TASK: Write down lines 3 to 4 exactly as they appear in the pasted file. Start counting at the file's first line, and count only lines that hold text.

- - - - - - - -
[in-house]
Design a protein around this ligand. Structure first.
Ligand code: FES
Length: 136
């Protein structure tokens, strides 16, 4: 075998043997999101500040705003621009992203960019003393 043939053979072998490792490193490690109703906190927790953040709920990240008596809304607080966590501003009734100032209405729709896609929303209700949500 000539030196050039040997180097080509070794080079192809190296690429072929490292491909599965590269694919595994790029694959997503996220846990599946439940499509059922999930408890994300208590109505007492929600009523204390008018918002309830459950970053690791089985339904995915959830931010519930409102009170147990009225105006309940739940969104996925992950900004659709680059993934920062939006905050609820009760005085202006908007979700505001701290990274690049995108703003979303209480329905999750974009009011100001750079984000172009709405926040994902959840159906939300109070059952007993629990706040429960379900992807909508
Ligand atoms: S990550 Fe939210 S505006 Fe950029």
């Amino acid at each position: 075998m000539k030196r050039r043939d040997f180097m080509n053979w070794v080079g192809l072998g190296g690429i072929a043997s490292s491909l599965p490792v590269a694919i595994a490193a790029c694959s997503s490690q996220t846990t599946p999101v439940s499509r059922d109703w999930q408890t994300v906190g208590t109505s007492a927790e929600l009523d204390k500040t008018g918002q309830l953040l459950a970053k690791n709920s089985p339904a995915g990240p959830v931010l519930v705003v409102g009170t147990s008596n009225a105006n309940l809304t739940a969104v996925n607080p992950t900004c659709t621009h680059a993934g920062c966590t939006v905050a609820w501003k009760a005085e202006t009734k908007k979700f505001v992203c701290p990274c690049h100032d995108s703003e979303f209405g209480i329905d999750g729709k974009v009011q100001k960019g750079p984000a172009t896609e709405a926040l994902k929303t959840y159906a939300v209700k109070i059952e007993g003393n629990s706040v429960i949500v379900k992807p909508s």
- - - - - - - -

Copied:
Ligand code: FES
Length: 136